Beliefnet
Everyday Ethics

I went to college in Columbia, Missouri, and though it’s been years since I lived here, my mom has since moved to town, and I still consider it home. Columbia is approximately half way between St. Louis and Kansas City (two hours in each direction), and thus has mostly managed to retain its college town flavor. 

Every year when I come home for a visit, my heart feels a bittersweet tug when I see further progress and development. For instance, I recently ran some errands with a good friend — for better or worse, most of my errands can be done in a jiffy at Wal-Mart. We started joking about the proliferation of Wal-Marts in town. 
“There’s the one on the south side of town, one on the north side, one over by the highway,” recited my friend. 
Whaaaa? Three Super Wal-Marts in my sweet little college town? How is that possible, I wondered. How can that possibly be good for the community? 

Wal-Mart has battled controversy over this very question for years; how much it hurts local business, how ethical are their business practices, etc. It’s also become a topic of interest within the Beliefnet community.To some, Wal-Mart is the earthly equivalent of the devil. Me? I’m torn. 
In fact, let me share my instant message conversation tonight with the same, aforementioned friend with you. It summarizes my ambivalence quite nicely: 
Me: I wish I were done working for the night – I’m writing a blog post about Wal-Mart 
Friend: I hate Wal-Mart, but I shop there every single week. 
Me: Agreed. 
Me: …..I wish I could just eat the ice cream I bought at Wal-Mart and read a book. 
It’s not that I don’t believe in capitalism; I do. It’s not that I don’t appreciate convenience or saving a buck – I definitely do. My problem with Wal-Mart has less to do with the corporation than with our dependence on it. I’m not trying to run Wal-Mart out of town; rather, I’d love to see some type of balance. Surely not everyone needs to save dollar or two (or even $20 per trip to the grocery store). Couldn’t some of us, I dunno, indulge and spend more on a little local flavor, for the greater good of the community?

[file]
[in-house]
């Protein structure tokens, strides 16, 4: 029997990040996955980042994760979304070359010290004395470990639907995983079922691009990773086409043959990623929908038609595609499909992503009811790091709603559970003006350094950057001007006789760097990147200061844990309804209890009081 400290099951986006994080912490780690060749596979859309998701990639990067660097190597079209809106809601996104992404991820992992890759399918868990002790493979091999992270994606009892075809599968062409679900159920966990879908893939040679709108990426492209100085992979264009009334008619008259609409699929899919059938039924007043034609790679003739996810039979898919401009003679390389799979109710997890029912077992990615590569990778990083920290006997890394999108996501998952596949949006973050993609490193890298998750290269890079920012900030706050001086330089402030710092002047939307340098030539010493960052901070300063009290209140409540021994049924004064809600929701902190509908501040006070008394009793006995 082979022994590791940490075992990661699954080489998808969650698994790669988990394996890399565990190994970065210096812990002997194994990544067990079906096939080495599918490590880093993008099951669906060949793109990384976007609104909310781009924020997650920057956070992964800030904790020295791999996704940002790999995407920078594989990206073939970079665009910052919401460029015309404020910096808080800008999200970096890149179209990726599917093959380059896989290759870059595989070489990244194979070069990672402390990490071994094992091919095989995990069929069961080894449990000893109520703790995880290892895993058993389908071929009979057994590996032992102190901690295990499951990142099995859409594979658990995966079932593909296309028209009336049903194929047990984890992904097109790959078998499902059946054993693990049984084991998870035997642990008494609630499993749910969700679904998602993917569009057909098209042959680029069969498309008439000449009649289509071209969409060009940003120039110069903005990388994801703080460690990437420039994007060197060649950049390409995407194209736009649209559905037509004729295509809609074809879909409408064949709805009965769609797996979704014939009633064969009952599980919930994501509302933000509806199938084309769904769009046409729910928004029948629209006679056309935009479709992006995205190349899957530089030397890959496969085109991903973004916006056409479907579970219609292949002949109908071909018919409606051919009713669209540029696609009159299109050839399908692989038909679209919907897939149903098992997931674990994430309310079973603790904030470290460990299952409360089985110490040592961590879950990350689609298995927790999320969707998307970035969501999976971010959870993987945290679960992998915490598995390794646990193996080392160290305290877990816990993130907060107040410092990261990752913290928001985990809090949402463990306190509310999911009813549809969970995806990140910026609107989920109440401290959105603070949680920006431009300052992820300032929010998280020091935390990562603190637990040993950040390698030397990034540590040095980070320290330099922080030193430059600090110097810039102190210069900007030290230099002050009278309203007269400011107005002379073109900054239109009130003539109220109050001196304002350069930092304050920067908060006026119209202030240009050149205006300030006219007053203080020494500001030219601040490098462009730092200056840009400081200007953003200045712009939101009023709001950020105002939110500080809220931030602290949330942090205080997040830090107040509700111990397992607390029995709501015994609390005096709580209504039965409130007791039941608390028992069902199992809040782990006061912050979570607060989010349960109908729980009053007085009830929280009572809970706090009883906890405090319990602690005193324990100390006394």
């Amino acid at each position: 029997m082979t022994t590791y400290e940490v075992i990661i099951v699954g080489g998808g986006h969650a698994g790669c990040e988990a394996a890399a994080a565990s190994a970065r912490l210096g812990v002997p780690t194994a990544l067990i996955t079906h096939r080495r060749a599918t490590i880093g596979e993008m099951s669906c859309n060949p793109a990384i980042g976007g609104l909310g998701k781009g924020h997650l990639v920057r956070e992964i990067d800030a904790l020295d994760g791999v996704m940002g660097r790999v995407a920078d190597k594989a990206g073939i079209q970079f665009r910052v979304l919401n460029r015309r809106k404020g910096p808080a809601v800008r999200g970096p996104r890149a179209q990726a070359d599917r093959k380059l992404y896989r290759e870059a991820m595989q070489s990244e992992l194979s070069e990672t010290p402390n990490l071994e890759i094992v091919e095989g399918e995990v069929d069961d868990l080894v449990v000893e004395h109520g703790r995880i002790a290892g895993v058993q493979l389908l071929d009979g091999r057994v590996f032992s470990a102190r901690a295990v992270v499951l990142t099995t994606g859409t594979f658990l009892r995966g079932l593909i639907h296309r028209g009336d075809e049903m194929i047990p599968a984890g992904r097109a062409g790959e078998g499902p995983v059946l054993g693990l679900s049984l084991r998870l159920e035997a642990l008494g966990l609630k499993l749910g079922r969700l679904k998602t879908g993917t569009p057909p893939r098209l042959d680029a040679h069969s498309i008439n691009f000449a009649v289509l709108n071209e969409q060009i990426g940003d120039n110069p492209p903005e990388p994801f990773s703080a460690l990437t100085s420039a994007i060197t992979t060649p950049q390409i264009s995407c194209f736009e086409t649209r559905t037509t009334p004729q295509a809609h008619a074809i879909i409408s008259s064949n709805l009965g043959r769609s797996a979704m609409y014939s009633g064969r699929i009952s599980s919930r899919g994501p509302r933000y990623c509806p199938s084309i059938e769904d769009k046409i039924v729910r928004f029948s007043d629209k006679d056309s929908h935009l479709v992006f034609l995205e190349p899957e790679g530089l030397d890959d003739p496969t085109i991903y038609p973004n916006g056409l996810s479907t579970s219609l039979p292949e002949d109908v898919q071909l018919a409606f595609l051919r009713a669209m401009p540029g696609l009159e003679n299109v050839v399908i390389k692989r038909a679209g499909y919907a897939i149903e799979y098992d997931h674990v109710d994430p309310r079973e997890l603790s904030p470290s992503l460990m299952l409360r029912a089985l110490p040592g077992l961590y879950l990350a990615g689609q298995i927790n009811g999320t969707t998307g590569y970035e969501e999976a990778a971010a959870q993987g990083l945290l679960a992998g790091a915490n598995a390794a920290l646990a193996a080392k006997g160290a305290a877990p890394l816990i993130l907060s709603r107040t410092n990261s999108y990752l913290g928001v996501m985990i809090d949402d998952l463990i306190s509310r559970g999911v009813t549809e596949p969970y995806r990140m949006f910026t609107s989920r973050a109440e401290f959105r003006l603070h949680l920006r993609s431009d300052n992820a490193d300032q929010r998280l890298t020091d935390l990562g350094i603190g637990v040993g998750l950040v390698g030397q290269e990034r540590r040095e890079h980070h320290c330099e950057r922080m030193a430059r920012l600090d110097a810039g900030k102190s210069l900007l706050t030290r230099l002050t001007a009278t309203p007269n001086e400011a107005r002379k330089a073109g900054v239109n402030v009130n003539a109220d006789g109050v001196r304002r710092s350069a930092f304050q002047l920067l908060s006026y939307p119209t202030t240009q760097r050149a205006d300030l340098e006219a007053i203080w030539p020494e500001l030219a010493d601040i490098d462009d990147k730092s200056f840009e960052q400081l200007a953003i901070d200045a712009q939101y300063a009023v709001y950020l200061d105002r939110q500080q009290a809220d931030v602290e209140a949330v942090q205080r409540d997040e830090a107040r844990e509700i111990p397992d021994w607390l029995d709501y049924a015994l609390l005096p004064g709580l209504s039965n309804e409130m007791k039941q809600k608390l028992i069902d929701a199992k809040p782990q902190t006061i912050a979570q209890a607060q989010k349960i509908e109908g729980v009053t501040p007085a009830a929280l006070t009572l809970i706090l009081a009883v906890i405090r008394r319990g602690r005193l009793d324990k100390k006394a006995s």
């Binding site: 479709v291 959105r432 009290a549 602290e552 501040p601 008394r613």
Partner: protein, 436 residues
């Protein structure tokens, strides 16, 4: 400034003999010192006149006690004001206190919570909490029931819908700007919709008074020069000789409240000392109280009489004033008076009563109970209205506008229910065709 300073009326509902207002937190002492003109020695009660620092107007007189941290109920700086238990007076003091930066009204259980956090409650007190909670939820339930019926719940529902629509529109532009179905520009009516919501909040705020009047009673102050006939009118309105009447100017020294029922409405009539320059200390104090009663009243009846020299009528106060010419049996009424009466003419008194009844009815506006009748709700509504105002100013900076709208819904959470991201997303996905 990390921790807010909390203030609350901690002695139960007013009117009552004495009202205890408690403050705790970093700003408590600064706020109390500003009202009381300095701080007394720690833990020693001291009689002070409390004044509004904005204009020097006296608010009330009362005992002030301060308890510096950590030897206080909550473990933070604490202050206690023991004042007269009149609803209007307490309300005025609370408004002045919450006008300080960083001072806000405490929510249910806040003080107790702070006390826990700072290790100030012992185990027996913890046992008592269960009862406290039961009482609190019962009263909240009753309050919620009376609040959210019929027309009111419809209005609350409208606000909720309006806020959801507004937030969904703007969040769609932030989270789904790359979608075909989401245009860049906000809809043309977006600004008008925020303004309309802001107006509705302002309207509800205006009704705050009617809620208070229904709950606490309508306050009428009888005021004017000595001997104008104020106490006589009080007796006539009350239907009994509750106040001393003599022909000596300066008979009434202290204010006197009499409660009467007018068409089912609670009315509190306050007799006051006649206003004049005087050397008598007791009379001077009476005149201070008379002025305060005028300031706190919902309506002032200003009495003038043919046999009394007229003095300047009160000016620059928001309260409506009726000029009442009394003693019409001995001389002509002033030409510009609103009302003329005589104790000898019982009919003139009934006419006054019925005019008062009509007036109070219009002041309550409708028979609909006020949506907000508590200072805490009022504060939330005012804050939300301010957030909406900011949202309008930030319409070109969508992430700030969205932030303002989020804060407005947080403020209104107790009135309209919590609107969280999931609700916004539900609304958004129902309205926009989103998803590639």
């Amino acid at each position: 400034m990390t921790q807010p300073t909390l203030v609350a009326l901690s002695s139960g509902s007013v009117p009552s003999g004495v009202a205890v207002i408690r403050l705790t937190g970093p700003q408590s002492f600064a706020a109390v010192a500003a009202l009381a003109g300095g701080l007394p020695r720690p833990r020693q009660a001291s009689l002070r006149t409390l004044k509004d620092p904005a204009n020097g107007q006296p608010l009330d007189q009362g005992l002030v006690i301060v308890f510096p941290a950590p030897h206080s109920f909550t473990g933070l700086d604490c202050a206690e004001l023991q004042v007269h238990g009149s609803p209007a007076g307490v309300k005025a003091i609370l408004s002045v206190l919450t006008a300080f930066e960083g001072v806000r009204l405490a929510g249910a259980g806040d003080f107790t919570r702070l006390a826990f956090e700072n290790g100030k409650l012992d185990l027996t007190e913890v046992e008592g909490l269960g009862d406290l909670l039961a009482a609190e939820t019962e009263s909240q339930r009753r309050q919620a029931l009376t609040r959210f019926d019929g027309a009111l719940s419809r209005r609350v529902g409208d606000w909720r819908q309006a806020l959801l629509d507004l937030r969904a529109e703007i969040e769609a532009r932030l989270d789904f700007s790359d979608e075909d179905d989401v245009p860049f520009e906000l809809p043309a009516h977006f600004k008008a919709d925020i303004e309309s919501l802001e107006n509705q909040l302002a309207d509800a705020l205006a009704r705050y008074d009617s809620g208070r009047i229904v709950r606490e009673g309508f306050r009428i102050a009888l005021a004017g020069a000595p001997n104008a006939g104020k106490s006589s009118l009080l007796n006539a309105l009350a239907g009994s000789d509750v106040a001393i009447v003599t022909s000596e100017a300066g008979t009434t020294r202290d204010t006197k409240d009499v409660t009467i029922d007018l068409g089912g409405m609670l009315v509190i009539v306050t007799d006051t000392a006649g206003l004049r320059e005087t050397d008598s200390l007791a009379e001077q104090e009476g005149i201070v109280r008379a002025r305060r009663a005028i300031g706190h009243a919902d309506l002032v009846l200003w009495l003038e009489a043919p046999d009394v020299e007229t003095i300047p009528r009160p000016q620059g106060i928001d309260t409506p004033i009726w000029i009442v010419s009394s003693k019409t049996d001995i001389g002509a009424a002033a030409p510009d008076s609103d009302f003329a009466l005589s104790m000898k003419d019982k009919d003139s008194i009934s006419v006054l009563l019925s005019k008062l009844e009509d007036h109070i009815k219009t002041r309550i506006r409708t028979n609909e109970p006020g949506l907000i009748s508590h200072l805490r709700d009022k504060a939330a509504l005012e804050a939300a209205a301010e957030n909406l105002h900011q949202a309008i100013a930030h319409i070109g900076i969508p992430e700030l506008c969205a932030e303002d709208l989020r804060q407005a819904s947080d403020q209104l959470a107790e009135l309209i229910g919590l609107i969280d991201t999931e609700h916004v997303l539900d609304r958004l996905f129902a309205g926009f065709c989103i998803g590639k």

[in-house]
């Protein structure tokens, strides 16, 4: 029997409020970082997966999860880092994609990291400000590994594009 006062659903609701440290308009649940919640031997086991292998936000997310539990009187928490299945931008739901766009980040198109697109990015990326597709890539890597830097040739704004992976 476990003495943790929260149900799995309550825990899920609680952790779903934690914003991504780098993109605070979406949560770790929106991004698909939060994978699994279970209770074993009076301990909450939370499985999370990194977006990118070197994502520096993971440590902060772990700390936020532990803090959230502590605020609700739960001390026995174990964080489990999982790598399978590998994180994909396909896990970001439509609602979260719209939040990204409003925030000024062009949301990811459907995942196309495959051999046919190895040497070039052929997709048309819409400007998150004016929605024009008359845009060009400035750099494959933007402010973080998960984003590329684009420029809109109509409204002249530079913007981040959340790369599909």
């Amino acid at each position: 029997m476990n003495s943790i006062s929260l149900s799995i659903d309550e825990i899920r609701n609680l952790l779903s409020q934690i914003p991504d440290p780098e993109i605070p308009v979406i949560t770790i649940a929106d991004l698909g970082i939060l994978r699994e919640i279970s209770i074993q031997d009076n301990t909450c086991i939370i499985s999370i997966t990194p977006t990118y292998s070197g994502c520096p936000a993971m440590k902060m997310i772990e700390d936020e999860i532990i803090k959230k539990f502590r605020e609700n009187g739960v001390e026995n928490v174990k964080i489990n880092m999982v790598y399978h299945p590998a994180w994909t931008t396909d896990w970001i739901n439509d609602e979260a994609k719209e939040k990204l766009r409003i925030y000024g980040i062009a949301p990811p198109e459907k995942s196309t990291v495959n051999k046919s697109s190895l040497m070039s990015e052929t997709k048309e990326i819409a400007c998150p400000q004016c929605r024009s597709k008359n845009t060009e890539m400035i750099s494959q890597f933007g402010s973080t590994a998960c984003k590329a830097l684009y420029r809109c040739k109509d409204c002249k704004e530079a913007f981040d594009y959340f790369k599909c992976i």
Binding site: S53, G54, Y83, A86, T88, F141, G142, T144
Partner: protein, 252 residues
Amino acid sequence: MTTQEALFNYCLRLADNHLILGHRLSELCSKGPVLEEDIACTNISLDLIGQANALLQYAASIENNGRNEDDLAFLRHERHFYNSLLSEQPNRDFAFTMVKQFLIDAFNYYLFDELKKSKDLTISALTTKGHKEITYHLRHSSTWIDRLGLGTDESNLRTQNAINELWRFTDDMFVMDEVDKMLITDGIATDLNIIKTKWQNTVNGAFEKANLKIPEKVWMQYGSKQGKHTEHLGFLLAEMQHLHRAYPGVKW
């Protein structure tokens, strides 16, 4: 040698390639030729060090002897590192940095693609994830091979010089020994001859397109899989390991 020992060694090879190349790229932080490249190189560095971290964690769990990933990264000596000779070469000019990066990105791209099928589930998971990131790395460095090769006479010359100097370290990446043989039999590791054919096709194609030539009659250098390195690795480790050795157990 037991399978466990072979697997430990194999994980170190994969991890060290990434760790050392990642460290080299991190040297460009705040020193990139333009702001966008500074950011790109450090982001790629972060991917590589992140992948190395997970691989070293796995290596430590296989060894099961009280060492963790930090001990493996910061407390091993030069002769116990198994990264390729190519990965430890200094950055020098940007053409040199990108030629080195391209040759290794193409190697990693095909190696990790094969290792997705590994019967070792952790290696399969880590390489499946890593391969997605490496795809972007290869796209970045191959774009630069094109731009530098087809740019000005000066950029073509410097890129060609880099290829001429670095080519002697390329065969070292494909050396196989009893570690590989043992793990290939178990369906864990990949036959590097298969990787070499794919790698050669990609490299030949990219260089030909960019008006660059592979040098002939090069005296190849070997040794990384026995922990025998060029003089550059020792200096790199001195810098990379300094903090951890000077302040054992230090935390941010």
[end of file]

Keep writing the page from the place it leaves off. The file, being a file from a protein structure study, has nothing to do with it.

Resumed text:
My friend pointed out that Columbia does indeed have a need for 4-5 large grocery stores; it’s grown quite a bit since I’ve lived here. However, by feeding into the notion that they ALL must be Super Wal-Marts, we’ve backed ourselves into a tiny corner and shot the “little guy” (ie local business owners) in the back. 
I’m not a complete romantic; I know pro-Wal-Mart people will sing the praises of bringing jobs and business to town. And as I mentioned before, it’s not so much Wal-Mart that I have a problem with. I have a problem with…myself. When I lived in New York, I bought my day-to-day items at neighborhood and corner groceries. If I needed drugs or cosmetics, I went to the drugstore. If I needed shoes or clothing, I went to the appropriate clothing store. Sure, it wasn’t convenient, but it also was no skin off my nose. 
This is a complicated subject–to be honest, I’m not even going to attempt delving into questionable business practices (I still want that ice cream, please understand). Still, writing this has shown me that I’ve been a hypocrite. I’m only going to be in a Wal-Mart town for another week, but in that week I pledge to stay as far away as possible from Wallyworld. 
How about you? Are you a Wal-Mart lover or hater?
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